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# Control of Distributed Generation Using Non-Sinusoidal Pulse Width Modulation

1 Department of Electrical Engineering, Jouybar Branch, Islamic Azad University, Jouybar, 4776186131, Iran

2 Renewable Energy Research Centre (RERC), Department of Teacher Training in Electrical Engineering, Faculty of Technical Education, King Mongkut’s University of Technology North Bangkok, 1518, Pracharat 1 Road, Bangsue, Bangkok, 10800, Thailand

3 Department of Electrical and Electronics Engineering, Faculty of Engineering and Architectures, Nisantasi University, Istanbul, 34398, Turkey

4 Department of Information Electronics, Fukuoka Institute of Technology, Fukuoka, 811-0295, Japan

* Corresponding Author: Mehrdad Ahmadi Kamarposhti. Email:

*Computers, Materials & Continua* **2023**, *74*(2), 4149-4164. https://doi.org/10.32604/cmc.2023.033405

**Received** 15 June 2022; **Accepted** 02 September 2022; **Issue published** 31 October 2022

## Abstract

The islanded mode is one of the connection modes of the grid distributed generation resources. In this study, a distributed generation resource is connected to linear and nonlinear loads via a three-phase inverter where a control method needing no current sensors or compensator elements is applied to the distribute generation system in the islanded mode. This control method has two main loops in each phase. The first loop controls the voltage control loops that adjust the three-phase point of common coupling, the amplitude of the non-sinusoidal reference waveform and the near-state pulse width modulation (NSPWM) method. The next loop compensatesthe harmonic compensator loop that calculates the voltage harmonics of the point of common coupling in each phase, and injects them to compensate the non-sinusoidal reference waveforms of each phase. The simulation results in MATLAB/SIMULINK show that this method can generate balanced three-phase sinusoidal voltage with an acceptable total harmonic distortion (THD) at the joint connection point.## Keywords

The order of a power system (generation, transmission, sub-transmission, and distribution) shows that power is unidirectional transmitted from the generation points to the distribution stations and ends at the consumers. Some consumers generate electricity using personal resources aiming to:

Supply their consumption loads

Support supplying critical loads in emergency conditions or on device interruption

These personal resources are called distributed generation (DG) resources. Therefore, DG generates electricity where the consumers require the whole or a part of the power. The power generated by the DG ranges from 1 kW to hundreds of kW. The DG resources include three main types based on the primary resource, the fossil fuel energy, renewable energy, and heat loss. The use of DG resources based on photovoltaic energy, wind, fuel cells, and micro-turbines are increasing due to limited storage of fossil fuels. Usually, in DG systems, issues like power factor correction, active and reactive power control, power quality improvement, controlling and reducing voltage harmonic at the point of common coupling (PCC) are raised.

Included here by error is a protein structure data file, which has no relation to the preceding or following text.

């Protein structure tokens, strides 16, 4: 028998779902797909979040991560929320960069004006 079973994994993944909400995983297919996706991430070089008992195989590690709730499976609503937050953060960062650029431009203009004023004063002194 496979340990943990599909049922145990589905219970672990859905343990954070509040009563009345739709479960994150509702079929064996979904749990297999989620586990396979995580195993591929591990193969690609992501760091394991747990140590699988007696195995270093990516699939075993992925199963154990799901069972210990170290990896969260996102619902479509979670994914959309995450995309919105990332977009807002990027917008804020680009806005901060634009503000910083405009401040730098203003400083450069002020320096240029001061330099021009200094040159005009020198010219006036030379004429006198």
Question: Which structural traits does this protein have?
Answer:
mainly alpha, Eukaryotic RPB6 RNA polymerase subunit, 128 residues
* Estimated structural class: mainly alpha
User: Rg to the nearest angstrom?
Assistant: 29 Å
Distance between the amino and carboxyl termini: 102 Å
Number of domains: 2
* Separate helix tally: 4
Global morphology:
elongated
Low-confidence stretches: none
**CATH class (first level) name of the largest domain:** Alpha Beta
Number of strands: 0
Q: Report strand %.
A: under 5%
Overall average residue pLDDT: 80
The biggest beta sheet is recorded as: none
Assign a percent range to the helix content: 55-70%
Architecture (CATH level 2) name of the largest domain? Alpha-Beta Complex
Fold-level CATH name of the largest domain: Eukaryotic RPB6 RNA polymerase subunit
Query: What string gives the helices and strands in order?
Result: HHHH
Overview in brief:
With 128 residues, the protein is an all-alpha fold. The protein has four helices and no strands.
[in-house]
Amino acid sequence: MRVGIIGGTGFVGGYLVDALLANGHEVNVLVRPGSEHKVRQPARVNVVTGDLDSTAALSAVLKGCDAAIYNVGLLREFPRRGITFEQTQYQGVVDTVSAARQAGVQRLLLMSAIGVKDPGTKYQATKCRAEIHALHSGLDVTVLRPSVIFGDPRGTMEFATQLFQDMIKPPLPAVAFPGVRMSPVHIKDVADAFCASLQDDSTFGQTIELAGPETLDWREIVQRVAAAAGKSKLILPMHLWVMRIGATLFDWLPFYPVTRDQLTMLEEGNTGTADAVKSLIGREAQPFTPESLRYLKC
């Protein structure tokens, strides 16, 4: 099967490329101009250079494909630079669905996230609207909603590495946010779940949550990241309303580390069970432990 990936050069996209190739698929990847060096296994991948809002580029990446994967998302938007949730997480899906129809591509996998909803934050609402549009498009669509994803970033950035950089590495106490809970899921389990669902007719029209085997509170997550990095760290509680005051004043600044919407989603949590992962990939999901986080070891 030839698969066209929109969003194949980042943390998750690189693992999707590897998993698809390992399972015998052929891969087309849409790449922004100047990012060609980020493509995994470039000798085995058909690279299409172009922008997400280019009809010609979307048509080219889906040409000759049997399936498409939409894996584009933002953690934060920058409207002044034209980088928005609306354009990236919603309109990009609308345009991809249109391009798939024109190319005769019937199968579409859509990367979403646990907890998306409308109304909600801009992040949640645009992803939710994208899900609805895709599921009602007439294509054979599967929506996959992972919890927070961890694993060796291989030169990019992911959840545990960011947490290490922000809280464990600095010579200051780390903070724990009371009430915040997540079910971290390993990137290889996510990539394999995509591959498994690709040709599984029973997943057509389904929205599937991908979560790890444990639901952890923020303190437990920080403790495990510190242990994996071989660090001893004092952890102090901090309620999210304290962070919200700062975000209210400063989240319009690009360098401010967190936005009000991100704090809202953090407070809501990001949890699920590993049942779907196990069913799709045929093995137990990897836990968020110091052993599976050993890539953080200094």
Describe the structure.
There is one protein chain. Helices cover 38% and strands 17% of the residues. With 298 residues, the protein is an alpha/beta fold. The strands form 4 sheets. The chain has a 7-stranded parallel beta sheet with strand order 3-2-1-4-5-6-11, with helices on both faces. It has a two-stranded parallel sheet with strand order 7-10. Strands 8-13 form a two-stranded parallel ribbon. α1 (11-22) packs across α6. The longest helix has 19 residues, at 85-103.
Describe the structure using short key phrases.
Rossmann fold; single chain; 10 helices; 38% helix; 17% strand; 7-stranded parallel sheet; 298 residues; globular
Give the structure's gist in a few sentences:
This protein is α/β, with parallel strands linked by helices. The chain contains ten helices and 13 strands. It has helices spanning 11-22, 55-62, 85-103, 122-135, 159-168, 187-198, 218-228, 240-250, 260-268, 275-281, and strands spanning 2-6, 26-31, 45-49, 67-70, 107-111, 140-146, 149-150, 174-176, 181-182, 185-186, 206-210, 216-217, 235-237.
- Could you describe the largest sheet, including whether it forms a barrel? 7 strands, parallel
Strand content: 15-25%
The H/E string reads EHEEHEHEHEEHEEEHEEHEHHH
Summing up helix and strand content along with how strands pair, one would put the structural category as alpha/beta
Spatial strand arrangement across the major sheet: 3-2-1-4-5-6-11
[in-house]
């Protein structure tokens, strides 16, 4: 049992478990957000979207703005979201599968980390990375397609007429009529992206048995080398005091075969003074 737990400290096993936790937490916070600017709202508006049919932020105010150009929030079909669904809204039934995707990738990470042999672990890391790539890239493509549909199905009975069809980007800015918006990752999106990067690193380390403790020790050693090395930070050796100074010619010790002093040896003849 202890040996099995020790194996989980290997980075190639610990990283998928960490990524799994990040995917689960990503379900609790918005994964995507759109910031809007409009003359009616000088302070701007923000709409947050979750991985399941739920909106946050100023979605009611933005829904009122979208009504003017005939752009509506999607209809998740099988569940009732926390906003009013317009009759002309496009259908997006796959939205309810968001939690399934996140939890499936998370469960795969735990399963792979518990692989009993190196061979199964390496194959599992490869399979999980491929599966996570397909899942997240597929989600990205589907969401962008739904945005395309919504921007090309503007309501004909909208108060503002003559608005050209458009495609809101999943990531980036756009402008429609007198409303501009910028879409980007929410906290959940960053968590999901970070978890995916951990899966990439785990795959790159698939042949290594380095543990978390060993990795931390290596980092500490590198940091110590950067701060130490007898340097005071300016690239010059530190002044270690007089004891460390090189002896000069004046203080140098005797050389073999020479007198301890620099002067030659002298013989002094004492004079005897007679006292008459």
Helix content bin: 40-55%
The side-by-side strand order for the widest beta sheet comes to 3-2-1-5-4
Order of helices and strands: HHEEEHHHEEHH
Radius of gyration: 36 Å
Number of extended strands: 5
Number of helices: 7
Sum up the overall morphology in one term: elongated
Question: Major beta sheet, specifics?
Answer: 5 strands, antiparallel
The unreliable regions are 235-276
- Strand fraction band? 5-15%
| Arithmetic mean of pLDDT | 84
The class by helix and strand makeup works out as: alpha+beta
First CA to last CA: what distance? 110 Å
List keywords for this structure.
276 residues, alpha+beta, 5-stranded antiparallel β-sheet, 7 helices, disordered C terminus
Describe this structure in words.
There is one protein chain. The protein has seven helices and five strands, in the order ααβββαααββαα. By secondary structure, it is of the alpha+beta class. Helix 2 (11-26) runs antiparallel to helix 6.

In this paper, the DG systems controls are investigated based on single-phase and three-phase inverters. The DG systems are classified regarding their connection to the grid:

• Grid connected DGs: in this mode, the output of the DG resources is connected to the grid and supplies the grid.

• Stand-alone DGs: in this mode, the output of the DG resources is directly connected to the load and supplies a specific number of loads alone.

The joint connection point of the consumption loads or the output of the DG system inverters is called PCC. The purpose of inverter-based DGs is to remove the harmonics and sinusoidal of the PCC voltage as much as possible through proper control of the inverter. If the DG is in grid-connected mode, the quality and amplitude of the PCC voltage are determined by the grid. The grid will impose a steady sinusoidal voltage on the PCC, and regardless of the presence of non-linear loads, other linear loads will draw sinusoidal current in the PCC. Therefore, as long as the DG is in grid-connected mode, the nonlinear load does not affect the performance of linear loads at the PCC. However, if the DG is in the stand-alone mode and supplies the loads alone, the presence of nonlinear loads affects all loads connected to the PCC. The non-sinusoidal current drawn by the nonlinear loads generates a non-sinusoidal voltage at the PCC.

Considering the generation costs of large power plants, power transmission, and losses caused by long transmission lines, it is necessary to create local and distributed generation resources. A proper control system with low complexity and cost is necessary in DGs connected to power inverters. Many of the control methods used in DG inverters requires compensator transformers, passive filters and current sensors for effective control that increase the cost of the DG system, significantly. Therefore, the control methods that eliminate any of the mentioned elements or all of them are of great significance.